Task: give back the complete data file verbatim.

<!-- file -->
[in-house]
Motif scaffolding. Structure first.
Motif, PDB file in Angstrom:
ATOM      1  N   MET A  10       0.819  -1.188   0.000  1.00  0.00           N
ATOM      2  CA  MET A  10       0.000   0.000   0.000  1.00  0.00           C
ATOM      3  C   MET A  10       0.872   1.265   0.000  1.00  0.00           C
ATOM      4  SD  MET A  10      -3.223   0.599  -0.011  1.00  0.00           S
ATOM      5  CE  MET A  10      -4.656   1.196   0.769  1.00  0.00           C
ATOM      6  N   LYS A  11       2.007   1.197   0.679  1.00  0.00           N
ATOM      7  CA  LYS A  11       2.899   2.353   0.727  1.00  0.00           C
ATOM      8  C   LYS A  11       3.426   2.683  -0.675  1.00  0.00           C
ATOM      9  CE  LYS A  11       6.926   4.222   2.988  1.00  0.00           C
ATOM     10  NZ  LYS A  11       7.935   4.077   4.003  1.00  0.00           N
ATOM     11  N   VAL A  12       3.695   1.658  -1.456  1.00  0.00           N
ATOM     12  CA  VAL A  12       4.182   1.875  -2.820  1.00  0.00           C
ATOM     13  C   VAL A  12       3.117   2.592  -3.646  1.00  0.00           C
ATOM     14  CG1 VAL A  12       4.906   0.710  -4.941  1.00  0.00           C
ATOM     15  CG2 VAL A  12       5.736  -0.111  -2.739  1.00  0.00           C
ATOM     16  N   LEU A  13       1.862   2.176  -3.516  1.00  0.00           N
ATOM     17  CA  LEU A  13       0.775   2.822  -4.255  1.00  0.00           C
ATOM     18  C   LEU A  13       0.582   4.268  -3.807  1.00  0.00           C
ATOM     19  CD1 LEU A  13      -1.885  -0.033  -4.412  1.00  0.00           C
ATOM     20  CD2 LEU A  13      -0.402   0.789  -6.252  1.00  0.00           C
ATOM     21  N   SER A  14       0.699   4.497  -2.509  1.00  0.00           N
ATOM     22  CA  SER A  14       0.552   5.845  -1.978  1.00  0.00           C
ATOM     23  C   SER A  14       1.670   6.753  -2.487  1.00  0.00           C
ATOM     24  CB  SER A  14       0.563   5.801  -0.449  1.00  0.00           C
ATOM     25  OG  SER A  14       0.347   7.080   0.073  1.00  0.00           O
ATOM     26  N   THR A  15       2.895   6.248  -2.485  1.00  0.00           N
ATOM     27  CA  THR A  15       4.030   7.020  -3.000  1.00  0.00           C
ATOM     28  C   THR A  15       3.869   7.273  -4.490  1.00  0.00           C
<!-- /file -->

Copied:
[in-house]
Motif scaffolding. Structure first.
Motif, PDB file in Angstrom:
ATOM      1  N   MET A  10       0.819  -1.188   0.000  1.00  0.00           N
ATOM      2  CA  MET A  10       0.000   0.000   0.000  1.00  0.00           C
ATOM      3  C   MET A  10       0.872   1.265   0.000  1.00  0.00           C
ATOM      4  SD  MET A  10      -3.223   0.599  -0.011  1.00  0.00           S
ATOM      5  CE  MET A  10      -4.656   1.196   0.769  1.00  0.00           C
ATOM      6  N   LYS A  11       2.007   1.197   0.679  1.00  0.00           N
ATOM      7  CA  LYS A  11       2.899   2.353   0.727  1.00  0.00           C
ATOM      8  C   LYS A  11       3.426   2.683  -0.675  1.00  0.00           C
ATOM      9  CE  LYS A  11       6.926   4.222   2.988  1.00  0.00           C
ATOM     10  NZ  LYS A  11       7.935   4.077   4.003  1.00  0.00           N
ATOM     11  N   VAL A  12       3.695   1.658  -1.456  1.00  0.00           N
ATOM     12  CA  VAL A  12       4.182   1.875  -2.820  1.00  0.00           C
ATOM     13  C   VAL A  12       3.117   2.592  -3.646  1.00  0.00           C
ATOM     14  CG1 VAL A  12       4.906   0.710  -4.941  1.00  0.00           C
ATOM     15  CG2 VAL A  12       5.736  -0.111  -2.739  1.00  0.00           C
ATOM     16  N   LEU A  13       1.862   2.176  -3.516  1.00  0.00           N
ATOM     17  CA  LEU A  13       0.775   2.822  -4.255  1.00  0.00           C
ATOM     18  C   LEU A  13       0.582   4.268  -3.807  1.00  0.00           C
ATOM     19  CD1 LEU A  13      -1.885  -0.033  -4.412  1.00  0.00           C
ATOM     20  CD2 LEU A  13      -0.402   0.789  -6.252  1.00  0.00           C
ATOM     21  N   SER A  14       0.699   4.497  -2.509  1.00  0.00           N
ATOM     22  CA  SER A  14       0.552   5.845  -1.978  1.00  0.00           C
ATOM     23  C   SER A  14       1.670   6.753  -2.487  1.00  0.00           C
ATOM     24  CB  SER A  14       0.563   5.801  -0.449  1.00  0.00           C
ATOM     25  OG  SER A  14       0.347   7.080   0.073  1.00  0.00           O
ATOM     26  N   THR A  15       2.895   6.248  -2.485  1.00  0.00           N
ATOM     27  CA  THR A  15       4.030   7.020  -3.000  1.00  0.00           C
ATOM     28  C   THR A  15       3.869   7.273  -4.490  1.00  0.00           C